The money that had been collected was either on the “wren” divided up between the group, this was the norm for groups of children. Adults would often use the money to buy food and drink to be consumed later at a ‘Wren Party’ or spent that night in a public house (Danaher 1972, 248, 250). In modern Ireland the money is often given to charity.
When night falls they go (the ) to a public house and spend the money (NFCS Denmore, Volume 0977: 135).
The tradition of hunting the wren seems to be very ancient and very similar traditions was also carried out in parts of Britain and France.
Hunting the Wren was also a central part of Christmas traditions on the Isle of Man. The following is an article by Howard Caine describes the traditions
This ritual hunting of the hapless bird would seem to have originally taken place on Christmas Day, when folk would head out in the early hours to hunt down and kill their prey, before bringing it back to the local church. It would then be plucked and buried with much ceremony and singing in Manx.
The feathers of the dead bird were considered lucky and were believed to have the power to protect fishermen from shipwreck, to say nothing of a more general protection against witchcraft.
Later, the custom seemed to migrate, (something the wrens no doubt wished they had picked up on) to St Stephen’s Day on 26 December. Young men would chase down the birds, beating them from bushes with long sticks and general carousing.
They would suspend their dead quarry on top of a pole decorated with ribbons and evergreen leaves – which would then be paraded around the houses where dancing and singing would take place – before the feathers were distributed and hopefully some form of financial contribution would be made to the performers.
In Wales the hunting of the wren occurred on the Twelfth Night of Christmas. Groups of men would go out Hunting the Wrenhe tiny bird would be caged in a wooden box and carried from door to door. Householders would pay for the privilege of peeping at the poor wren in the box. Songs about the wren were also sung below is a song from Pembrokshire
Joy, health, love and peace be all here in this place
By your leave we will sing concerning our King
Our King is well dressed in the silks of the best
In ribbons so rare no king can compare
We have travelled many miles over hedges and stiles
In search of our King unto you we bring…
Old Christmas is past Twelfth-tide is the last
And we bid you adieu – Great joy to the new
Below is a youtube video of a Welsh song about hunting the wren.
St Stephens Day in Wales was associated with Mari Lwyd (Grey Mare / Holy Mary) a horse skull covered in ribbons. The horse-figure was carried from door to door by wassail-singing groups during the Christmas season. The Welsh Museum blog provides the following description below. The Mari Lywd custom reminds me of the horse used by the wren boys in the Dingle area which I mentioned above.
This figure (which is, of course, represented in other countries) seems to have been once known all over southern Wales but during the present century relatively little has been seen of it outside of Glamorgan, where it is not yet completely extinct.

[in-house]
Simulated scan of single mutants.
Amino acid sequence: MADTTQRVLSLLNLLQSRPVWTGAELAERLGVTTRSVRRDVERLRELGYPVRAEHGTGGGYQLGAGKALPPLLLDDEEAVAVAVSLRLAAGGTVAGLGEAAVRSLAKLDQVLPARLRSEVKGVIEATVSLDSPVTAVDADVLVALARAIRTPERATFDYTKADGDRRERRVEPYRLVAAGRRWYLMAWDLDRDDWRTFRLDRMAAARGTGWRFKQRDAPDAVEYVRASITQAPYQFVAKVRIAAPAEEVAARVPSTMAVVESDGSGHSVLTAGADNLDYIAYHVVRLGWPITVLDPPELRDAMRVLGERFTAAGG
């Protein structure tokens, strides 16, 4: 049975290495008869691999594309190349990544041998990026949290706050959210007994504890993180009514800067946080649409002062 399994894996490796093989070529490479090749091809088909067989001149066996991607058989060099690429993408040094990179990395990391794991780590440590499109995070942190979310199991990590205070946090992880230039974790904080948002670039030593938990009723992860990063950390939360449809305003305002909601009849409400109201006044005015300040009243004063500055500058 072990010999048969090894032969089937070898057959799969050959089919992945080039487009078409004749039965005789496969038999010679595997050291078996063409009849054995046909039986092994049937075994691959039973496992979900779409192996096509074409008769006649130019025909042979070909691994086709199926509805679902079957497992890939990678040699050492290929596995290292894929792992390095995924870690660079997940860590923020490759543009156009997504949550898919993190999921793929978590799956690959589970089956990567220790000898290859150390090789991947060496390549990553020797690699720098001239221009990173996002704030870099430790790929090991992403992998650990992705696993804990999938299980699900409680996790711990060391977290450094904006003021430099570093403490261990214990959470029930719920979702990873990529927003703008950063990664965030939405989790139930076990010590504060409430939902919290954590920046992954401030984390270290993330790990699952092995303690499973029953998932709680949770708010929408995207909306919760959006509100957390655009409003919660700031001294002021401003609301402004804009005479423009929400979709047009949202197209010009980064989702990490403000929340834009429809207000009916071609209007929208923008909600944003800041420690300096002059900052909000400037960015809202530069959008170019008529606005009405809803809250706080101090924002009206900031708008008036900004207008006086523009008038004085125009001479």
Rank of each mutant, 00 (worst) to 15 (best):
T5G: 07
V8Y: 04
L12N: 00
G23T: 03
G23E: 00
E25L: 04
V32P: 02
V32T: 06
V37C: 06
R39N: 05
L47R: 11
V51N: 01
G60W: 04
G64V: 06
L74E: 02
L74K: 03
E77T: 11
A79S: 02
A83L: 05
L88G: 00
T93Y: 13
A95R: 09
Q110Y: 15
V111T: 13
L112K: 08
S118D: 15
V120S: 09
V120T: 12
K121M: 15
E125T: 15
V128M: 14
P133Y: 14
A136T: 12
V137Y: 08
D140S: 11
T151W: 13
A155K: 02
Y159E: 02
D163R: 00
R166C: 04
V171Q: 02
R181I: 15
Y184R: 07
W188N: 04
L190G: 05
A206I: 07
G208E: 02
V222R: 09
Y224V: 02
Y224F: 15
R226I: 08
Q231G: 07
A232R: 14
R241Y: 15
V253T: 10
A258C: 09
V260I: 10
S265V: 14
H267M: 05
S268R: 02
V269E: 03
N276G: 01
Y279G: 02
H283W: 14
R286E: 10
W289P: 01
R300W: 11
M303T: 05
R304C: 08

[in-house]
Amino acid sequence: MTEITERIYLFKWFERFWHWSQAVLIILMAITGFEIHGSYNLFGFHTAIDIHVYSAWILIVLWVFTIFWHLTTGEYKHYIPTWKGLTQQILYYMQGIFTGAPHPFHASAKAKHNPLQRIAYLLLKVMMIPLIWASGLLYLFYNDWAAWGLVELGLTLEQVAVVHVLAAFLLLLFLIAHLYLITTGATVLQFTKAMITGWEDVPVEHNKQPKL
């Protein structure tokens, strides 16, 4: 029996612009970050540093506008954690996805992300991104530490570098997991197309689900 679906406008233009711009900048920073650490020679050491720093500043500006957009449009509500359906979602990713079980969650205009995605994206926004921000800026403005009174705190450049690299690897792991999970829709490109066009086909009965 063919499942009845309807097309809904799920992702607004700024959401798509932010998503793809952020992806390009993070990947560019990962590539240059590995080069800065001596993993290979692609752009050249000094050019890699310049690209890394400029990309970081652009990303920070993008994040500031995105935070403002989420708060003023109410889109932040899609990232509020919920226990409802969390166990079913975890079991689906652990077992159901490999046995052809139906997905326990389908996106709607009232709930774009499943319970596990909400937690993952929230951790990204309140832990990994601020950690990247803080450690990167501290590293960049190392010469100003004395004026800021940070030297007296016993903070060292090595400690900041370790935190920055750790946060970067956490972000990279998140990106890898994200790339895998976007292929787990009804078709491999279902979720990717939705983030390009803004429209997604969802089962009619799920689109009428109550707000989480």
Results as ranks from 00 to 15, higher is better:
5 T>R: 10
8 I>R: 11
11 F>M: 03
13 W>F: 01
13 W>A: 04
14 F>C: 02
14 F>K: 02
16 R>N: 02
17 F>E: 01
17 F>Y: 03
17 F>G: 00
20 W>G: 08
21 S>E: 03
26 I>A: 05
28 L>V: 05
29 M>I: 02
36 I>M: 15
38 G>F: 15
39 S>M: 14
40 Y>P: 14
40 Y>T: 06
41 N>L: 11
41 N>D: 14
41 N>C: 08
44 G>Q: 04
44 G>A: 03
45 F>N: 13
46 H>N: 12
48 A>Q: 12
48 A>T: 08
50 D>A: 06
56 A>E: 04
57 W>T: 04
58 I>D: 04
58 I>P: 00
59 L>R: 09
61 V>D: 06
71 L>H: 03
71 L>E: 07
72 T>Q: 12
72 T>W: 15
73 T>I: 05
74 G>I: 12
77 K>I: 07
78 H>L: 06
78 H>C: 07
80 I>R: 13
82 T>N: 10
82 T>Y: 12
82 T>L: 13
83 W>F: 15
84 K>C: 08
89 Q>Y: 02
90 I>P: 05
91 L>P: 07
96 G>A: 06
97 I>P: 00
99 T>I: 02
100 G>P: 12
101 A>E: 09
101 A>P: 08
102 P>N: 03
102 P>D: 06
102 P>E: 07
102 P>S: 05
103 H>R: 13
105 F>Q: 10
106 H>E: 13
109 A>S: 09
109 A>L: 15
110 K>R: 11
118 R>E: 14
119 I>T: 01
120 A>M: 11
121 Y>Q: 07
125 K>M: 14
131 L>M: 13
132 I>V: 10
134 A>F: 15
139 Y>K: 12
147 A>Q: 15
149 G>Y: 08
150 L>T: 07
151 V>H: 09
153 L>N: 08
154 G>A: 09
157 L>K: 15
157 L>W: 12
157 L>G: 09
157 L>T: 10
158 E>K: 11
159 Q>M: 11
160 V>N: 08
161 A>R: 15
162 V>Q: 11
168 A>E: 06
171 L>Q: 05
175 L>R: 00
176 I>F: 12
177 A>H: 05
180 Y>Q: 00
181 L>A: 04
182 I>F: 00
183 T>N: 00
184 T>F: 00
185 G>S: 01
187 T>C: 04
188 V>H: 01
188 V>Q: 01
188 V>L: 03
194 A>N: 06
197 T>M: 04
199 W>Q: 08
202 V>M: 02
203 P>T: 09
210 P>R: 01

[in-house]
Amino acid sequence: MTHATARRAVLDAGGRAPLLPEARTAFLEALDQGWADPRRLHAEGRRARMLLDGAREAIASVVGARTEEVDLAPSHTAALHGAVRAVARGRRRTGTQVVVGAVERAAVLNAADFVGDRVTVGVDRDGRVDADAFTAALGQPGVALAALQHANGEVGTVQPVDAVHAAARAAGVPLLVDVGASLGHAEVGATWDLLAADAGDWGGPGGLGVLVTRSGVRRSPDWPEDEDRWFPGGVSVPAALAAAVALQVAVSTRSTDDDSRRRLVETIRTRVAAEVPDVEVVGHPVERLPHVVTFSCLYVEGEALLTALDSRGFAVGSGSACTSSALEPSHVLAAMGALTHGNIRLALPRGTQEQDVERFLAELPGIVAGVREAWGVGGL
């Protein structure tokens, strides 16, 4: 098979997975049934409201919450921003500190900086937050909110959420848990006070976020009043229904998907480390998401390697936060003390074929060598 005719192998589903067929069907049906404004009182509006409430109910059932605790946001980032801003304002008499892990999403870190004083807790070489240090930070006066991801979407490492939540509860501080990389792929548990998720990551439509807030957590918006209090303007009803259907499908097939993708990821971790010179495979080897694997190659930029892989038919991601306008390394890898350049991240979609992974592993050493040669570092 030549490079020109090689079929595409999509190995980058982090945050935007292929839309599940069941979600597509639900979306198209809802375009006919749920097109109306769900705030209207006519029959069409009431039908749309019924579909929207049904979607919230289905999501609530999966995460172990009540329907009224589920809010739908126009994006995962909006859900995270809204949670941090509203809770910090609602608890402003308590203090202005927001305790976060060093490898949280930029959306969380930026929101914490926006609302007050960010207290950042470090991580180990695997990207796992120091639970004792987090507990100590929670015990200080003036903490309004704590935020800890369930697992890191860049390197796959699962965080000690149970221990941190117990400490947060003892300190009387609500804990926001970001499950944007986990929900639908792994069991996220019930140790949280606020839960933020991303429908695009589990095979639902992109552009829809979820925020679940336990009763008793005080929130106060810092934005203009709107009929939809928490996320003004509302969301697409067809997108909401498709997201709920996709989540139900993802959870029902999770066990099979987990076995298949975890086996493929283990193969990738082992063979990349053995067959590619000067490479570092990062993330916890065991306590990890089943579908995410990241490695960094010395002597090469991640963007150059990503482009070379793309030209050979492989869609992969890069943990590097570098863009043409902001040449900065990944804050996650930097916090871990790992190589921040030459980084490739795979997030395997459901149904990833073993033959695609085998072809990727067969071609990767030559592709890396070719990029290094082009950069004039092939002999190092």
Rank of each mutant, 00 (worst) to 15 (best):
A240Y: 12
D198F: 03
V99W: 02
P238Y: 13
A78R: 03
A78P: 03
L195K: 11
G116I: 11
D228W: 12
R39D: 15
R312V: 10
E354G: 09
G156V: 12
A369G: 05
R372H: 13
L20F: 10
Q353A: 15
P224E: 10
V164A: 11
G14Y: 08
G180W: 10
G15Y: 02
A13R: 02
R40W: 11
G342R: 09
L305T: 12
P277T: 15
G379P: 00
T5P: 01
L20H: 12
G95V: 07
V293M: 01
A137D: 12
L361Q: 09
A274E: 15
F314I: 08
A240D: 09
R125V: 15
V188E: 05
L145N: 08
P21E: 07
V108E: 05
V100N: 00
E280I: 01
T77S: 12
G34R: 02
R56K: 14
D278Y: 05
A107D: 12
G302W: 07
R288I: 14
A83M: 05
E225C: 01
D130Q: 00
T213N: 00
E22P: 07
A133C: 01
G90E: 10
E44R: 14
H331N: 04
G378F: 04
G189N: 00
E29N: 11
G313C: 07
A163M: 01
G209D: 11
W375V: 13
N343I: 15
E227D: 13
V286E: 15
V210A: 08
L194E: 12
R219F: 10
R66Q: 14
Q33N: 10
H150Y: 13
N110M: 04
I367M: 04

The attendant ritual began with the singing of traditional stanzas by the Mari Lwyd group at the door, soliciting both permission to sing and entry into the house, and issuing a challenge to a versifying contest.
Next followed the pwnco, the debate conducted to the same music in a combination of traditional and impromptu stanzas) between a member of the group and an opponent within the house. This usually amounted to heavy leg-pulling in which the contestants mocked each other’s singing, drunkenness, etc.
Victory in the debate would ensure admission into the house for the Mari Lwyd group, to partake of cakes and ale and perhaps collect a money gift as well. In at least some cases, after the end of the debate, the group would sing additional stanzas introducing its individual members and finally, after entertaining the occupants of the house, it would deliver a farewell song (https://museum.wales/articles/2014-06-14/Christmas-customs-The-Mari-Lwyd/).
I really enjoyed researching the Irish Wren tradition, and id love to find out more about the tradition outside of Ireland. Im also glad the little wrens of Ireland can sleep safely now.
Caine, H. 2005, ‘Hunting the Wren’,http://www.bbc.co.uk/isleofman/content/articles/2005/12/07/hunting_the_wren_feature.shtml
Danaher, K. 1972. The Year in Ireland. Irish Calendar Customs. Cork: Mercier Press.
Hall,C.S. & Hall, Mrs 1841. Ireland: its scenery, character.London : How and Parsons.
Kennedy, P. 1867. The banks of the Boro: A Chronicle of the County of Wexford. Dublin: M’Glashen & Gill.
Woods, P. 1997. ‘Hunting the Wren’https://www.dingle-peninsula.ie/home/culture-and-language/wren-s-day.html
NFCS Clogher 0095: 80.
NFCS Denmore, Volume 0977:135.
NFSC Raheenagh (B.), Ráthluirc (roll number 10814).
Other Wren Day related resources